STUDENT 1: My student debt will, most likely,
by the time I graduate, be around $80,000 at minimum. STUDENT 2: Itís really complicated. I just
donít understand how we have to pay so much money to get an education, especially in America. STUDENT 3: Itís overwhelming. I’m not sure
what Iím going to do with my major yet, so it’s kind of crazy thinking about paying off
all that debt but somehow itíll disappear. PROFESSOR LIN: College is getting increasingly
expensive. Tuition at U.S. universities has risen faster than inflation in every year
since 1981. So why is the price of college rising so quickly? It’s basic supply and demand.
Weíre seeing enormous increases in the demand for higher education, and universities can
respond in two ways: increasing the supply by accepting more students or increasing the
tuition. Since most colleges can’t keep up by increasing enrollment, tuitions must rise. To understand what’s happening, we need to
examine what’s been driving that demand. There are two main factors. First of all, the payoff
from a college degree has been growing over time. In 1980 college graduates earned 50
percent more than high school graduates. In 2008 they earned over 90 percent more. In
addition, a college degree increases your chances of finding a job, even in a sluggish
economy. In the May 2012 employment report, the unemployment rate for high school graduates
rose to 8.1 percent while the unemployment rate for college graduates fell to 3.9 percent.
So it should be no surprise then that young people today are pursuing higher education
in larger numbers than ever before. But there’s more to the story. STUDENT 4: Itís kind of something that I
don’t understand. You know, costs are constantly rising. I mean I guess it has to do withó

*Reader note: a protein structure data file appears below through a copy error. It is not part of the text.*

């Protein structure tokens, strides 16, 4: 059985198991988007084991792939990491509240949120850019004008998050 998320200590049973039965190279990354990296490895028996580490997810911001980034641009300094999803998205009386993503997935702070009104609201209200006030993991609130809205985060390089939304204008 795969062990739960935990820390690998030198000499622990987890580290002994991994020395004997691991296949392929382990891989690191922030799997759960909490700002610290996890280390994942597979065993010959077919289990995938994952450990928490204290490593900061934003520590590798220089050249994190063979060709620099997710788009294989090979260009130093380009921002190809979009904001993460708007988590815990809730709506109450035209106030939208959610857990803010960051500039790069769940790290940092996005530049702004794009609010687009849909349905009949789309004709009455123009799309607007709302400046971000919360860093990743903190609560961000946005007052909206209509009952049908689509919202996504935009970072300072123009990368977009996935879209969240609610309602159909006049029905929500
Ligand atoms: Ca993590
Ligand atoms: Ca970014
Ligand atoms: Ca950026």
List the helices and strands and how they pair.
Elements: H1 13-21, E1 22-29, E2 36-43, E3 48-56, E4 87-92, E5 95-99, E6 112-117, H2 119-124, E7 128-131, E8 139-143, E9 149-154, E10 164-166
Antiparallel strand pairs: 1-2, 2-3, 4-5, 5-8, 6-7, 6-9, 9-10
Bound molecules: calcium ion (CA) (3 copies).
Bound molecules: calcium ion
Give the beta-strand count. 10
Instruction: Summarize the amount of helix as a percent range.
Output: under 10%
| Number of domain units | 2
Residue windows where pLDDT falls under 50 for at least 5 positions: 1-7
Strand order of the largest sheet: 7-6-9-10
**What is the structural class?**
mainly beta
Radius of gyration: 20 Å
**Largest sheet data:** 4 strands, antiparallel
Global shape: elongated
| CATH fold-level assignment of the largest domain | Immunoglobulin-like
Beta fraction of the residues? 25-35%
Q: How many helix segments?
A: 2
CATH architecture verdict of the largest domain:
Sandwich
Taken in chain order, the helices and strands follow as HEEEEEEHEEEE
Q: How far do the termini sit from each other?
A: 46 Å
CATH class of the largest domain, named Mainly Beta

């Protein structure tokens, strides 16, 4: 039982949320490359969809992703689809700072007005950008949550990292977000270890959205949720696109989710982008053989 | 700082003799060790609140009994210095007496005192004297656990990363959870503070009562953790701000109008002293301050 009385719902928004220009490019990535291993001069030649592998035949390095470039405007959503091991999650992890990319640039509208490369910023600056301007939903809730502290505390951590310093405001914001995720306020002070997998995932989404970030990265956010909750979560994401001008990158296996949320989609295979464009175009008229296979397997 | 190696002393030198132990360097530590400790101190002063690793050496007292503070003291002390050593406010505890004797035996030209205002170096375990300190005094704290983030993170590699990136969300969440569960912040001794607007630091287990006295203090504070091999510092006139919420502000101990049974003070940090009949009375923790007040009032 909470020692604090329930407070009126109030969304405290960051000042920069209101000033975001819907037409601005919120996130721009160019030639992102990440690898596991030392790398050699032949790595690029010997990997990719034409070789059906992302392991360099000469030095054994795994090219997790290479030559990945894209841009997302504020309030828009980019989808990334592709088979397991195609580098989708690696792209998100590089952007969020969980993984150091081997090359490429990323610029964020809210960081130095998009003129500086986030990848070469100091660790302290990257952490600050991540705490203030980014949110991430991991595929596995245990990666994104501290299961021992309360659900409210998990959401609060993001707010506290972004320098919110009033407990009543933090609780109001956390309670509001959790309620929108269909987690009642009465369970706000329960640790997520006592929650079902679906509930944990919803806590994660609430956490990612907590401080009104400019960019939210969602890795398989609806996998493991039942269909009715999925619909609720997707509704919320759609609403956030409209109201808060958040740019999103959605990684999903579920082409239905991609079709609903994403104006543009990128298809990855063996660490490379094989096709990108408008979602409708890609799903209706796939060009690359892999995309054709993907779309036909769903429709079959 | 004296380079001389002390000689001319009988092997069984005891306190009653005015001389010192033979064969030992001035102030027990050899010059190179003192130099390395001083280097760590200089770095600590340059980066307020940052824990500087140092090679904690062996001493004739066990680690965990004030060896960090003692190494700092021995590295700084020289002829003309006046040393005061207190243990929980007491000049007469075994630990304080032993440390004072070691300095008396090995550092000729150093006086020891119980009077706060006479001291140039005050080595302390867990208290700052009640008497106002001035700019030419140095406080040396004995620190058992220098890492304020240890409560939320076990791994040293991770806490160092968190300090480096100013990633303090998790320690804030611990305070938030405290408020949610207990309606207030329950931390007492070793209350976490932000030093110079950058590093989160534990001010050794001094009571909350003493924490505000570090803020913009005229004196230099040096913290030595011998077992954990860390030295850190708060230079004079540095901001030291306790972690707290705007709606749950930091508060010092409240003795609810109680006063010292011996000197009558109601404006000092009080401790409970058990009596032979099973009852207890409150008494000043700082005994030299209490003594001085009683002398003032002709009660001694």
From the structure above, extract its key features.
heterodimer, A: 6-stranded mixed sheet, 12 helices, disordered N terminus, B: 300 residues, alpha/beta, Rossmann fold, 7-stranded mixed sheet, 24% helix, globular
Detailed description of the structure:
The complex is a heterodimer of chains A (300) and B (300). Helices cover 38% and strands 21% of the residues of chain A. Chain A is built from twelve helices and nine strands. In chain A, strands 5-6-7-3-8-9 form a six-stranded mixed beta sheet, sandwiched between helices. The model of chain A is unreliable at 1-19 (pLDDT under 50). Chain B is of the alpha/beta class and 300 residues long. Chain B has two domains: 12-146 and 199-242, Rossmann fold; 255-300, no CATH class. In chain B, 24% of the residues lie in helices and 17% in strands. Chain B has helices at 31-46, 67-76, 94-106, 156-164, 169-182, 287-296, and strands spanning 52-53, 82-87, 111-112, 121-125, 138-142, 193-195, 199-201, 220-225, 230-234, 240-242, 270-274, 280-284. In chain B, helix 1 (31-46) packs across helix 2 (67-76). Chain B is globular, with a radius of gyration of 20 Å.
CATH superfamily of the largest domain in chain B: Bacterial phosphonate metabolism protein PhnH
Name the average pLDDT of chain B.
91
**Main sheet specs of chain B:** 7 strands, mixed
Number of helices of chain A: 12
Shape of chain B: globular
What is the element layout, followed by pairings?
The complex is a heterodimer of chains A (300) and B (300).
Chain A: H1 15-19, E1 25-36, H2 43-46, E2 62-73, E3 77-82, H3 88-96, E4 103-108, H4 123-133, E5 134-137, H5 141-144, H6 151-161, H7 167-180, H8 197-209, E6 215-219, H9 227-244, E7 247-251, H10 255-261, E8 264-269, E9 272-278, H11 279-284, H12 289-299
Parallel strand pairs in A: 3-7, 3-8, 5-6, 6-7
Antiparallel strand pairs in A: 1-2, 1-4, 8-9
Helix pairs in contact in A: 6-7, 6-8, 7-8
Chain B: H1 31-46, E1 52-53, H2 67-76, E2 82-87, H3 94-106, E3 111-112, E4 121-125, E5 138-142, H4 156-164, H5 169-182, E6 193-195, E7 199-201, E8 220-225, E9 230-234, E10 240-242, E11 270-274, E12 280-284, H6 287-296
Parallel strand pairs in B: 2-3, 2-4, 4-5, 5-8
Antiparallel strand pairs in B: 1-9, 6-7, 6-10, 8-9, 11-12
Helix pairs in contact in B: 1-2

Every price rises, every cost rises, but college costs rise so exponentially that I think that
it just doesn’t equate. PROFESSOR LIN: There’s a second major reason
for the increase in demand, and this one is the result of public policy. To make colleges
more affordable, federal and state governments have been giving subsidies to studentsómost
notably through government-backed student loans, but also through grants and tax credits.
In fact, as prices rise there’s political pressure to increase these subsidies. What many students don’t realize is these
subsidies actually lead to higher tuitions. When you subsidize something, it’s cheaper
for people to consume. So people consume more of it and demand rises. So while students
may want more subsidies to make college more affordable, ironically more subsidies actually
make college less affordable, because they fuel the demand thatís driving tuitions upward.
Instead of being helped by the subsidies, students are just taking on more debt than
ever before. And this rising demand also drives up prices
in another way. Because colleges have no trouble filling seats, even with record-high tuitions,
theyíve felt no pressure to cut costs. Instead, colleges have spent more. Fancy student centers,
dining halls, athletic facilities, and many more administrative staff than ever before:
these additions make college more expensive without increasing the value of the diploma.
The rising price of college education is a heavy burden for young people and their families.
Fortunately, because we know the main reasons behind rising tuitionsópromises of higher
wages, and increased subsidiesówe can start to look for solutions.